International Conference on Applications of Statistics and Probability in Civil Engineering (ICASP) (12th : 2015)

A Markov regime-switching framework application for describing El Niño Southern Oscillation (ENSO) patterns Gallo, Iván Cárdenas; Sánchez-Silva, Mauricio; Akhavan-Tabatabaei, Raha; Bastidas-Arteaga, Emilio Jul 31, 2015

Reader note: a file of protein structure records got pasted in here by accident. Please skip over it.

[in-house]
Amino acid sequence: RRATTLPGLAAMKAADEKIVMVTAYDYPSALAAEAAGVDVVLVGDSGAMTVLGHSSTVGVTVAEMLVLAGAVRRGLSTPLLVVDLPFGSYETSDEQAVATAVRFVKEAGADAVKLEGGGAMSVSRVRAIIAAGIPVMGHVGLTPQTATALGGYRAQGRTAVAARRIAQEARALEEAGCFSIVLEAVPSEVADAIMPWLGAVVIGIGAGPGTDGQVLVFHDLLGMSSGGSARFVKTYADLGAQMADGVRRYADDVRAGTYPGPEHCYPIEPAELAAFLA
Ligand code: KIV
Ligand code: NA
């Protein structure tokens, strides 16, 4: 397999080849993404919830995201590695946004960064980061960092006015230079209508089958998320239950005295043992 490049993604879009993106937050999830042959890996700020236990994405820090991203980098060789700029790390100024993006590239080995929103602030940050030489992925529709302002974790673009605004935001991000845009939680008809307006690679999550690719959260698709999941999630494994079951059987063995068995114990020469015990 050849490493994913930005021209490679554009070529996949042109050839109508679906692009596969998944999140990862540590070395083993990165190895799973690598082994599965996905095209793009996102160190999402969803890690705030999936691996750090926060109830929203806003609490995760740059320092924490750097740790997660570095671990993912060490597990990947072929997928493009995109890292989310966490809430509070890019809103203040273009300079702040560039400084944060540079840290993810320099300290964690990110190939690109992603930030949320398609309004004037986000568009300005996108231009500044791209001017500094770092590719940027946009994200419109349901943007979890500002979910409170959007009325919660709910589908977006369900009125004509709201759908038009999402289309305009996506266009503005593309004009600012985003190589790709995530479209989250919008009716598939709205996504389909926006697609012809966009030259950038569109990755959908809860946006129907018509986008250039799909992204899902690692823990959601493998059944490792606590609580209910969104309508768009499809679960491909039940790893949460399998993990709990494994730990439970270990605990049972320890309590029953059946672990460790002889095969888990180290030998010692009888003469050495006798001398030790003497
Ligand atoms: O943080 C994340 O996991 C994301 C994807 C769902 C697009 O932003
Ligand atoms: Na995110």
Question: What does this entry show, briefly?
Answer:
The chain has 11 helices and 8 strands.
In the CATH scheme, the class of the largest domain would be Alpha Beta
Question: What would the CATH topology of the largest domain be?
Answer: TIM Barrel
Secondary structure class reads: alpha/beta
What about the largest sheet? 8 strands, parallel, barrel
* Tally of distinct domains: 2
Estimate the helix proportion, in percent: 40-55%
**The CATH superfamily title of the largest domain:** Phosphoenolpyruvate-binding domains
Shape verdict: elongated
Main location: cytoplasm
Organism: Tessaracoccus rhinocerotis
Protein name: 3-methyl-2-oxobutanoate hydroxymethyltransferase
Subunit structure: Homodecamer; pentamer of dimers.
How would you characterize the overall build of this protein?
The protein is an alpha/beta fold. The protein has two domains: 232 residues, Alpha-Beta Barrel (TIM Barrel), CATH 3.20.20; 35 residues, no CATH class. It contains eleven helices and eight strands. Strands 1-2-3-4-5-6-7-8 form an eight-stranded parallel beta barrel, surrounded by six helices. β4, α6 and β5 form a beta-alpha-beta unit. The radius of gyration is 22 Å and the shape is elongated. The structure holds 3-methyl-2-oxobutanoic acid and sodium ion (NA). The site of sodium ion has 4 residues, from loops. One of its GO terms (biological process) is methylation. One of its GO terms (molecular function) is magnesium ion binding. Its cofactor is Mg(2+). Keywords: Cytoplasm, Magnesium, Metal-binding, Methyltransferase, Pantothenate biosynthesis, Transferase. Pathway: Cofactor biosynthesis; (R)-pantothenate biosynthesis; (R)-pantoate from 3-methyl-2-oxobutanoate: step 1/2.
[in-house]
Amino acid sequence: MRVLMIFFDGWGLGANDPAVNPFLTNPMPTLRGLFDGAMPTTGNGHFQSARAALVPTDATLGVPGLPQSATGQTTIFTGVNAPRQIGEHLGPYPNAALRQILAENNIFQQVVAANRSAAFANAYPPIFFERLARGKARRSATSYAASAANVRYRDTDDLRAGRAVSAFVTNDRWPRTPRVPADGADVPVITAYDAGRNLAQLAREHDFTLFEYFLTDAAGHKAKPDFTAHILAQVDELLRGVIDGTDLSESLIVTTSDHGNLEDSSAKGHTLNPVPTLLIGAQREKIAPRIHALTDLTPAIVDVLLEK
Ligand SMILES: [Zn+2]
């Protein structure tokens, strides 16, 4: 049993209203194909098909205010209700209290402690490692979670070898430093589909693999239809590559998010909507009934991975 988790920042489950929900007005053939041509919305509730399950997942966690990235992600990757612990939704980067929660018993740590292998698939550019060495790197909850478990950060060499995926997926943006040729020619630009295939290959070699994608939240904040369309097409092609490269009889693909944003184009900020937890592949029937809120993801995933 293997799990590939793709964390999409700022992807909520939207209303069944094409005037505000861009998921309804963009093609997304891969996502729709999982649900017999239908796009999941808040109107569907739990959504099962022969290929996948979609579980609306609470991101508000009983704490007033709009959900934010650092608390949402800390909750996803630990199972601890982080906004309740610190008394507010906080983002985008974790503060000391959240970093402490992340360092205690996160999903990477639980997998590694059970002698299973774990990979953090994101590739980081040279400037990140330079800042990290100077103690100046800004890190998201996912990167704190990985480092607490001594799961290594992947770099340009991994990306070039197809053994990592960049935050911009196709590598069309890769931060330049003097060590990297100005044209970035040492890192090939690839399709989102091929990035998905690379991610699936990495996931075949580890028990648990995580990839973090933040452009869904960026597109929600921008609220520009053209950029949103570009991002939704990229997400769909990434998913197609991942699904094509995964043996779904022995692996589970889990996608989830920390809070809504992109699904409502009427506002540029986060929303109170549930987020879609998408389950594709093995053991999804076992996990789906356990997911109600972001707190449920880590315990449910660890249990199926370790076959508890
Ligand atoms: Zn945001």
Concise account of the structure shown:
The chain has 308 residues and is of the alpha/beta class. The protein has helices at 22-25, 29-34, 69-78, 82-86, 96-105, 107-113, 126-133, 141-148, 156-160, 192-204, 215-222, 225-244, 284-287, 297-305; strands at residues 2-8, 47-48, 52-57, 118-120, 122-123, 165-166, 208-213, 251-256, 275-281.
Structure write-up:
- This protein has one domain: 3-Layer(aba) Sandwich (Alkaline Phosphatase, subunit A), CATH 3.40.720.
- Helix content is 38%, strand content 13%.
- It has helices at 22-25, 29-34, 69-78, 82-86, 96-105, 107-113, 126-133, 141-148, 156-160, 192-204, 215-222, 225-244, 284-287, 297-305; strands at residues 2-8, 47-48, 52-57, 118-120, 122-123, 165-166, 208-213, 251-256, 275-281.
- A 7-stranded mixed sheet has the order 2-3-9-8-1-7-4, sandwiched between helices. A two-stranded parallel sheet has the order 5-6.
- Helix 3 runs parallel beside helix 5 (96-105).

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12th International Conference on Applications of Statistics and Probability in Civil Engineering, ICASP12 Vancouver, Canada, July 12-15, 2015  1 A Markov Regime-Switching Framework Application for Describing El Niño Southern Oscillation (ENSO) Patterns Iván Cárdenas Gallo Graduate Student, Dept. of Civil and Industrial Engineering, Univ. of Los Andes, Bogotá, Colombia  Mauricio Sánchez-Silva  Professor, Dept. of Civil Engineering, Univ. of Los Andes, Bogotá, Colombia Raha Akhavan-Tabatabaei  Professor, Dept. of Industrial Engineering, Univ. of Los Andes, Bogotá, Colombia Emilio Bastidas-Arteaga  Professor, Dept. de Physique, Université de Nantes, Nantes, France ABSTRACT: The El Niño-Southern Oscillation (ENSO) is an ocean – atmosphere phenomenon that involves sustained sea surface temperature fluctuations in the Pacific Ocean. This causes disruption in the behavior of the ocean and the atmosphere having important consequences on the global weather. This paper develops a stochastic model to describe El Niño-Southern Oscillation patterns. A Markov Switching Autoregressive model (MS-AR) was implemented to fit the Southern Oscillation Index (SOI), a variable that explains the phenomenon. The model consists of two autoregressive processes describing the time evolution of SOI, each of which associated with a specific phase of ENSO (El Niño and la Niña). The switching between these two models is governed by a discrete time Markov chain. We study the advantages of incorporating time-varying transition probabilities between them and show that the fitted model provides an adequate description of the time series, and demonstrate its utility in analysis and evaluation of the phenomenon  1. INTRODUCTION  The El Niño-Southern Oscillation (ENSO) is an ocean-atmosphere event that involves sustained sea surface temperature fluctuations in the Pacific Ocean. This causes disruption in the behavior of the ocean and the atmosphere, having important consequences for the global weather (National Oceanic and Atmospheric Administration, 2010).  This phenomenon is not completely predictable because of the complexity that results from the relationships between ocean currents, atmospheric circulation and winds in the Pacific. ENSO involves two cyclic phases; El Niño and La Niña. El Niño represents the warm phase of the ENSO. During this phase, the sea surface temperatures rise along the North-West coast of tropical South America. The impacts of El Niño episodes depend on the geographical location. For    example, in Colombia El Niño results in long periods of droughts leading to problems in the agriculture sector, hydroelectric generation and water supply for vulnerable populations. El Niño is only one phase of the phenomenon.  An episode of La Niña is followed most of the times by the El Niño episode. La Niña represents the cool phase of the ENSO and is associated with the cooling of ocean waters of the coast of Peru and Ecuador. Its impacts are completely opposite to those of El Niño. During La Niña conditions in Colombia, the amount of precipitations increases leading to floods, landslides and damages to civil infrastructure. The importance of the phenomenon lies in its effect on the global climate. Although ENSO events are characterized by a fluctuation in ocean temperatures in the equatorial Pacific, they are 12th International Conference on Applications of Statistics and Probability in Civil Engineering, ICASP12 Vancouver, Canada, July 12-15, 2015  2 also associated with changes in wind, pressure, and rainfall patterns. This set of climate changes cause a significant impact across the tropical Pacific region and areas away from it. As mentioned above, during El Niño and La Niña the usual precipitation patterns can be greatly disrupted by either excessively wet or dry conditions (International Research Institute for Climate and Society, 2008) that may impact the global weather. Therefore, the ability to describe El Niño and La Niña events is extremely important for risk mitigation measures. There are several indicators that provide information about the state of ENSO at a given time. One of them is the Southern Oscillation Index (SOI), which is calculated from the monthly fluctuations in the air pressure difference between Tahiti and Darwin. Sustained negative values of the SOI indicate El Niño episodes, while sustained positive values of the SOI indicate La Niña episodes. Another indicator of ENSO is the Multivariate ENSO Index (MEI). It is a monthly measure based on the six main observed variables over the tropical Pacific. MEI contains information of the sea level pressure, surface wind (East - West), surface wind (North - South), sea surface temperature, surface air temperature and total cloudiness of the sky. In this case, sustained negative values of the MEI indicate La Niña episodes, and sustained positive values of the MEI indicate El Niño episodes. In Figure 1, we can observe the SOI and MEI from 1990 to 2000. In this decade, it is possible to observe two strong episodes of El Niño. The first occurred from July-1993 to December-1993, and the second from April-1997 to March-1998. Poveda et al. (2010) reviewed the hydro-climatic variability of the Colombian Andes associated with El Niño-Southern Oscillation (ENSO) using records of rainfall, river discharges, soil moisture and a vegetation index (NDVI). Their conclusions point to define ENSO as the main forcing mechanism of interannual climate variability. Given the indexes that were described previously (SOI and MEI), they quantify the anomalies in the sea surface temperature in terms of their sign, timing and magnitude. These studies indicate that ENSO indexes become important and valuable tools to describe several hydro-climatological variables in the region. Figure 1: SOI and MEI (1990-2000).  Over time, several models have been developed to describe the behavior of the phenomenon. This effort has resulted in the atmospheric general circulation models (ACGMs). ACGMs base their forecasts of sea level temperature on the behavior of the atmosphere. It develops global coupled ocean-atmosphere general circulation models (Meehl,1990). Given the implicit complexity to model the weather physically, this kind of approach becomes accessible only for national institutions that have the technology and equipment needed. Another alternative that has been used to describe the behavior of the phenomenon is related to statistical models. Thus, predictions are based on the behavior of climate variables during the last years. This approach aims to identify correlations in order to establish patterns in the behavior of the relevant variables.  Most statistical models that have been developed for climatic variables are based on the Box-Jenkins methodology (BoxJenkins,1976). These models can represent the basic structure of the time series, but they fail to reproduce the nonstationary behavior that exists in climatic variables. A source of non stationarity is the existence of cyclic patterns that determine the 12th International Conference on Applications of Statistics and Probability in Civil Engineering, ICASP12 Vancouver, Canada, July 12-15, 2015  3 behavior of the weather. For example, El Niño-Southern Oscillation (ENSO) is a cyclical process composed of a warm phase (El Niño) and a cool phase (La Niña). Given the existence of cyclical processes, several models have been developed to include the fact of various changing regimes over time. For example, Ubilava et al. (2013) adopted a smooth transition autoregressive modelling framework to explain the sea surface temperature in order to forecast ENSO; they argued the advantage of nonlinear models to represent dynamic processes such ENSO. In order to model the weather, the introduction of a variable that represents the weather type (regime) can be seen in Zucchini et al. (2009)  where Hidden Markov Models (HMM)  were proposed for modeling the space-time evolution of daily rainfall. Furthermore, James Hamilton (1989) proposes econometric time series which are composed of a Hidden Markov Model (HMM) and autoregressive models. In MS-AR models, several autoregressive models are used to describe the time evolution of the series and the switching between these different models is controlled by a Hidden Markov chain which represents the possible regimes. MS-AR models were extended by Andrew Filardo (1994) who incorporated time-varying transition probabilities (TVTP) between regimes. Since its publication, several applications of the model have been implemented. Ailliot et al. (2012) propose a Markov-Switching Autoregressive model to describe the behavior of wind time series obtaining a good fit to the data. Souza  et al. (2010) used a Hidden Markov Model (HMM) to predict future crude oil price movements. Their results indicate that the proposed model might be a useful decision support tool. Walid et al. (2011) proposed a Markov Switching model to investigate the exchange rates for four emerging countries over the period 1994-2009. Yuan (2011) presents an exchange rate forecasting model which combines the multi-state Markov Switching model with smoothing techniques. Guo et al. (2010) focus on detecting hot and cold IPO (Initial Public Offering) cycles in the Chinese A-share market using a Markov regime switching model. The hot and cold periods and their turning points are detected clearly (A hot period is related to positive market conditions). Fallahi et al. (2014) used Markov Switching models to identify and analyze the cycles in the unemployment rate and four different types of criminal activities in the US. Finally, Liu et al. (2006) developed a Markov regime Switching model with two regimes representing expansion and contraction to catch the cyclical behavior of the semiconductor business.  The main objective of this paper is to propose an MS-AR, in order to evaluate the pattern changes of ENSO along the time. This model contributes to the prediction of hydro-climatic variables, with significant practical implications for agriculture, hydropower generation, fluvial transport, natural hazards and disasters, and human health. Section 2 describes the proposed model analysing its advantages and shortcomings. Section 3 presents the steps followed for the model implementation. Finally, several concluding remarks are given in the last section. 2. THE PROPOSED – MARKOV SWITCHING AUTOREGRESSIVE MODELS (MS-AR)  ENSO is a cyclical phenomenon in which it is possible to identify two regimes over time (La Niña and El Niño). The behavior patterns during each of the two phases are opposite and differentiable. On the other hand, the duration and the change between regimes is variable over time. Also, there is uncertainty about the length of episodes or phase transitions. This group of characteristics are properly evaluated by the Markov Switching Autoregressive  Model (MSAR) proposed by Hamilton (1989) and improved by Filardo (1994). In this section we present the model, its application and relevant considerations for its implementation. Certain variables undergo episodes in which the behavior of the series seem to change quite 12th International Conference on Applications of Statistics and Probability in Civil Engineering, ICASP12 Vancouver, Canada, July 12-15, 2015  4 dramatically according to a set of regimes. The Markov Switching Autoregressive Model proposes a very tractable approach to model changes in regime. In order to develop a model that allows a given variable   to follow a different time series process over time (𝑦𝑡), consider a first-order autoregression in which the constant term 𝑐 and the autoregressive coefficient 𝞍 might be different for each regime 𝑠𝑡 proposed:  𝑦𝑡 = 𝑐𝑠𝑡 + 𝜙𝑠𝑡  𝑦𝑡−1 + 𝜖𝑡 (1) where 𝜖𝑡 ∼ i.i.d N(0, 𝜎2). In order to model the change  in regime over the time we use a Discrete Time Markov Chain (DTMC). Then, we define 𝑠𝑡 as a random variable that can assume values according to a state-space {1,2, . . . , 𝑁}. Also, the probability that 𝑠𝑡+1equals some particular value 𝑗 depends on the past only through the most recent value 𝑠𝑡: 𝑃 {𝑠𝑡+1 = 𝑗 ⎸𝑠𝑡 = 𝑖 , 𝑠𝑡−1 = 𝑘… }  = 𝑃 {𝑠𝑡+1 = 𝑗 ⎸𝑠𝑡 = 𝑖 } = 𝑝𝑖𝑗          (2)                          The transition probability 𝑝𝑖𝑗   gives the probability that state 𝑖 will be followed by state 𝑗 in a one-step transition. It is often convenient to collect the transition probabilities in an (𝑁 ⨯ 𝑁) matrix 𝑃  known as the transition probability matrix.          In this way, a MS-AR process is a discrete-time process with two components {𝑆𝑡, 𝑌𝑡}, for our case, 𝑌𝑡  denotes the monthly index of SOI with values in (−∞,∞) and 𝑆𝑡 ∈ {Niño (1), Niña (2)} represents the regime at month 𝑡. A MS-AR process is characterized by the following two conditional independence assumptions: - The conditional distribution of 𝑆𝑡  given the values of {𝑆𝑡′}t′<t and {𝑌𝑡′}t′<t only depends on the value of 𝑆𝑡−1 . In this manner, we assume that the weather type 𝑆𝑡  is a first order Discrete Time Markov Chain. - The conditional distribution of 𝑌𝑡  given the values of {𝑆𝑡′}t′<t  and {𝑌𝑡′}t′<t  only depends on the value of 𝑆𝑡  and 𝑌𝑡−1,..., 𝑌𝑡−𝑝 . In this manner, we assume that the value of SOI 𝑌𝑡 is an autoregressive process of order 𝑝  whose coefficients evolve in time according to the regime 𝑆𝑡.  Hamilton (1989) assumes Fixed Transition Probabilities (FTP) for the DTMC. The assumption that the transition probabilities are time-invariant, implies that the expected durations of phases do not vary over time. Due to the variability of the ENSO, this assumption might be too strong. El Niño occurs irregularly, with a recurrence ranging from two to eight years with variation in intensity. Each episode lasts about six to fifteen months. On the other hand, La Niña occurs less frequently than El Niño, and an episode lasts from nine months to three years. Therefore, we implemented a Markov-Switching estimation procedure that incorporates time-varying transition probabilities (TVTP) into the Discrete Time Markov Chain (Filardo,1994). There are advantages to using a MS-AR (TVTP) against MS-AR(FTP): - The TVTP model allows the transition probabilities to decrease or increase after a change of regime. In this way, TVTP models have the flexibility to identify systematic variations in the transition probabilities after turning points. - The TVTP model captures more complex temporal persistence of the phases than an FTP model. Allowing the transition probabilities to change over time can represent long periods of an specific regime. - The TVTP model permits time varying expected durations of the phases. It represents an strong advantage against FTP, in which the expected durations of phases are constant along the time.    The TVTP Markov-Switching model for the values of SOI, 𝑦𝑡 is presented below: 12th International Conference on Applications of Statistics and Probability in Civil Engineering, ICASP12 Vancouver, Canada, July 12-15, 2015  5 𝑦𝑡 = 𝜇1 +  Φ(𝐿)(𝑦𝑡−1 − 𝜇𝑆𝑡−1) +  𝜖𝑡    𝑖𝑓 𝑠𝑡𝑎𝑡𝑒 1  (3)  𝑦𝑡 = 𝜇2 +  Φ(𝐿)(𝑦𝑡−1 − 𝜇𝑆𝑡−1) +  𝜖𝑡    𝑖𝑓 𝑠𝑡𝑎𝑡𝑒 2  (4)   where Φ(𝐿) =  𝜙1 + 𝜙2𝐿 + ⋯+ 𝜙𝑟𝐿𝑟−1   is the lag polynomial, 𝜇𝑆𝑡  is the state-dependent mean, 𝜖𝑡 ∼ i.i.d N(0, 𝜎2) and 𝑆𝑡 ∈ {Niño (1), Niña (2)}. The variation from the FTP model presented above appears in the transition probabilities matrix.  𝑃 {𝑆𝑡+1 = 𝑠𝑡+1 ⎸𝑆𝑡 = 𝑠𝑡  , 𝑧𝑡}=  [𝑝11(𝑧𝑡) 1 − 𝑝11(𝑧𝑡)1 − 𝑝22(𝑧𝑡) 𝑝22(𝑧𝑡)] (5) 3. IMPLEMENTATION  This section presents the implementation of the ENSO indexes, along with the description of our proposed methodology. First, it is necessary to identify the order of the autoregressive model 𝑝 to capture the dynamic nature of the phenomenon. During this step, the autocorrelation function (ACF) and partial autocorrelation function (PACF) plots permit to identify the numbers of autoregressive terms that are needed, the estimation of the parameters including autoregressive coefficients and transition probabilities. Finally, we revise the model in order to determine whether the specified and estimated model is adequate. During the MS-AR model specification, the number of regimes and the order 𝑝  of the autoregressive process were obtained. For our particular model, we defined two regimes trying to represent each phase of the ENSO. In this way, the state space of the DTMC is 𝑆𝑡  ∈ {Niño (1), Niña (2)}. A third state associated with the neutral phase was not specified because it can increase the complexity of the model without any additional advantage. Moreover, the results obtained support the proposal of having only two states. On the other hand, we proposed an autoregressive processes of order 𝑝 based on the  autocorrelation function (ACF). The ACF for lags one and two (months) is considerable and significant; thus, the autoregressives process are going to follow this: 𝑦𝑡 = 𝑐1 + 𝜙11𝑦𝑡−1 +𝜙21𝑦𝑡−2 + 𝜖𝑡    𝑖𝑓 𝑠𝑡𝑎𝑡𝑒 1  (6)  𝑦𝑡 = 𝑐2 + 𝜙12𝑦𝑡−1 +𝜙22𝑦𝑡−2 + 𝜖𝑡    𝑖𝑓 𝑠𝑡𝑎𝑡𝑒 2  (7)    where 𝜙𝑖𝑗represents the autoregressive coefficient of order 𝑖 for regime 𝑗, 𝑐𝑗  is the constant of the process for regime 𝑗 ∈ {Niño (1), Niña (2)} and 𝜖𝑡 ∼ i.i.d N(0, 𝜎2) is a white-noise process. The data set presented in Figure 1 that was used to build the model has a monthly record since 1950 to 2000 and was downloaded from the National Climatic Data Center (NCDC) web site (National Climate Data Center, 2013). Given the model specification, the estimation of the autoregressive coefficients and the transition probabilities were developed in the computational software Eviews 8. The estimation method used by the software is maximum likelihood, whose output is shown in Table 1. As it can be observed in Table 1, each one of the estimated coefficients is statistically significant (𝑃𝑟𝑜𝑏.< 0.05). Consequently, the MS-AR(2) model is statistically significant to represent the data series of SOI. Furthermore, the estimation of the transition probabilities required in the model was also carried out. Note that the transition probabilities change over time (TVTP); the results are presented in Figure 2.    Table 1MS-AR(2) coefficients 12th International Conference on Applications of Statistics and Probability in Civil Engineering, ICASP12 Vancouver, Canada, July 12-15, 2015  6                 Figure 2: Time Varying Transition Probabilities  As it can be seen in Figure 2, the transition probabilities of remaining in the same state (𝑝11, 𝑝22)  are approximated to one or zero for various periods. Each of these periods represent an historical episode of El Niño or la Niña. Thus, during the months in which an episode of El Niño occurred, the probability of remaining in regime 1 (𝑝11) is close to one. On the other hand, during these time intervals, the probability of remaining in regime 2 (𝑝22) is close to zero. For  example, one historical event of El Niño took place during 1993. For this year, we can clearly observe the related behavior in Figure 2. As it might be expected, the same pattern can be observed during historical episodes of La Niña. A clear example could be the episode of 1975. In Figure 3, historical episodes of El Niño are shaded in orange. During these time intervals, it can be seen that the probability of being in state 1 (El Niño) is approximately one. Likewise, historical episodes of La Niña are shaded in blue. For these time periods, the probability of being in state 1 (La Niña) is close to zero. Also it can be seen that during the periods in which there is no El Niño or la Niña events, the behavior of the probability of being in state 1 is unclear. Based on these probabilities, we preformed a validation process for the model.  The duration of each of the episodes based on the model was identified and compared against the historical reports. The results obtained indicate that the model adequately captures the duration of episodes of both regimes. From the transition probabilities, it is possible to infer the occurrence of El Niño and la Niña episodes. In this way, the MS-AR model allows to make inferences about when the episodes have occurred based on the observed behavior of the series. In Figure 3, the conditional probability of being in state 1 (El Niño) given the two previous observations of 𝑦𝑡  (𝑃[𝑆𝑡 =1  ⎸ 𝑦𝑡, 𝑦𝑡−1 , 𝑦𝑡−2]) is plotted. As we only have two states, the probability of being in state 2 (La Niña) is computed as the probability complement.             Figure 3: Conditional Probability of being in El Niño regime  After the estimation of all the parameters of the MS-AR model, we verified its fitting to the data. It can be observed in Figure 4 that the proposed model captures the behavior of the index over time. It identifies the peaks and drastic changes in SOI along time. Likewise, it follows the trends observed during the historical episodes. When values remain positive or negative, the model reproduces the same pattern. 12th International Conference on Applications of Statistics and Probability in Civil Engineering, ICASP12 Vancouver, Canada, July 12-15, 2015  7  Figure 4: MS-AR(2) Fit  The final stage of the implementation consists of verifying the fit of the model by analyzing the residuals. The differences between the fitted model and the real series should follow a white-noise process. Thus, it was assessed with statistical tests that the expected value of the residuals is zero. On the other hand, to verify that the residuals are not correlated, the corresponding autocorrelation function (ACF) was developed, and as a result of this we concluded that the residuals are not correlated for any lag. 4. CONCLUSIONS  This paper investigates the use of MS-AR model to describe time series associated with ENSO. Our methodology is based on a two regime Markov Switching Autoregressive model that allows separate estimation between El Niño and La Niña episodes. The obtained results indicate that the model fits well to the time series. The proposed model is a very tractable approach to model time series with clear changes along the time. It is useful to describe variables in which is possible to identify various regimes fluctuating between them. This is the main advantage of the method against the Box-Jenkins methodology that has been widely used in this field. Box-Jenkins methodology leads to a good description of the time series, but it does not capture certain non-linearities that occur due to the existence of changing regimes. Moreover, Box-Jenkins methodology does not allow to perform forecasts in long-term.  In the study of climatic variables, one source of non-linearity in many meteorological time series is induced by the existence of weather cycles. Thus, the introduction of the cyclical phases of El Niño and La Niña allows to describe in a proper way the ENSO patterns. The second advantage presented in the paper refers to the ability of the Markov Switching Model for defining and measuring cycles in a time series. With the model it is possible to draw probabilistic inference about whether and when they may occur based on the observed behavior of the series. This fact allows to discover regimes that are not directly observable and that could be used as explanatory factors of the variables in evaluation. Moreover, the interpretation of the model leads to open structure which allows more physical models. Models which consider the physical behavior of the phenomena to statistically explain the variables in analysis. On the other hand, the estimation of parameters by the method of maximum likelihood provides the foundation for forecasting future values of the series. As the main concluding remark, the Markov Switching Autoregressive Model is a methodology that can represent time series with changing regimes over time. In our particular application, the model explain the cyclical variability of the phenomenon properly. 5. REFERENCES  Box, G.E.P, J. G., 1976. Time Series Analysis, Forecasting and control. Holden-Day. Center, N. C. D., August 2013. Climate information. URL http://www.ncdc.noaa.gov/climate-information Fallahi, F., R. G., 2014. Link between unemployment and crime in the us: A markov-switching approach. Social Science Research, 33–45. Filardo, A., 1994. Business-cycle phases and their transitional dynamics. Journal of Business and economic statistics, 299–308. 12th International Conference on Applications of Statistics and Probability in Civil Engineering, ICASP12 Vancouver, Canada, July 12-15, 2015  8 Guo, H., B. R. S. R., 2010. Detecting hot and cold cycles using a markov regime switching model - evidence from the chinese a-share ipo market.            International Review of Economics and Finance, 196–210. Hamilton, J., 1989. A new approach to the economic analysis of nonstationary time series and the business cycle. Econometrica, 357–384. Liu, W., C. Y., 2006. A markov regime-switching model for the semiconductor industry cycles. Economic Modelling, 569–578. Meehl, G., 1990. Development of global coupled ocean-atmosphere general circulation models. Climate Dynamics, 19–33. Meehl, G., 2000. Trends in extreme weather and climate events: Issues related to modeling extremes in projections of future climate change. Bulletin of the American Meteorological Society, 427–436. Oceanic, N., Administration, A., April 2010. Enso. URL http://www.oar.noaa.gov/k12/html/elnino2.html Poveda, G., A. D. R. O., 2010. Hydro-climatic variability over the andes of colombia associated with enso: a review of climatic processes and their impact on one of the earth’s most important biodiversity hotspots. Climate Dynamics, 19–33. Souza e Silva, E.G., L. L. S. e. S. E., 2010. Forecasting oil price trends using wavelets and hidden markov models. Energy Economics, 1507–1519. Walid, C., C. A. M. O. F. J., 2011. Stock market volatility and exhange rates in emerging countires: A markov-state switching approach. Emerging Market Review, 272–292. Yuan, C., 2011. Forecasting exchange rates: The multi-state markov-switching model with smoothing. International Review of Economics and Finance, 342–362. Zucchini, W. McDonald, I., 2009. Hidden Markov Models for Time Series: An introduction. Chapman Hall/CRC.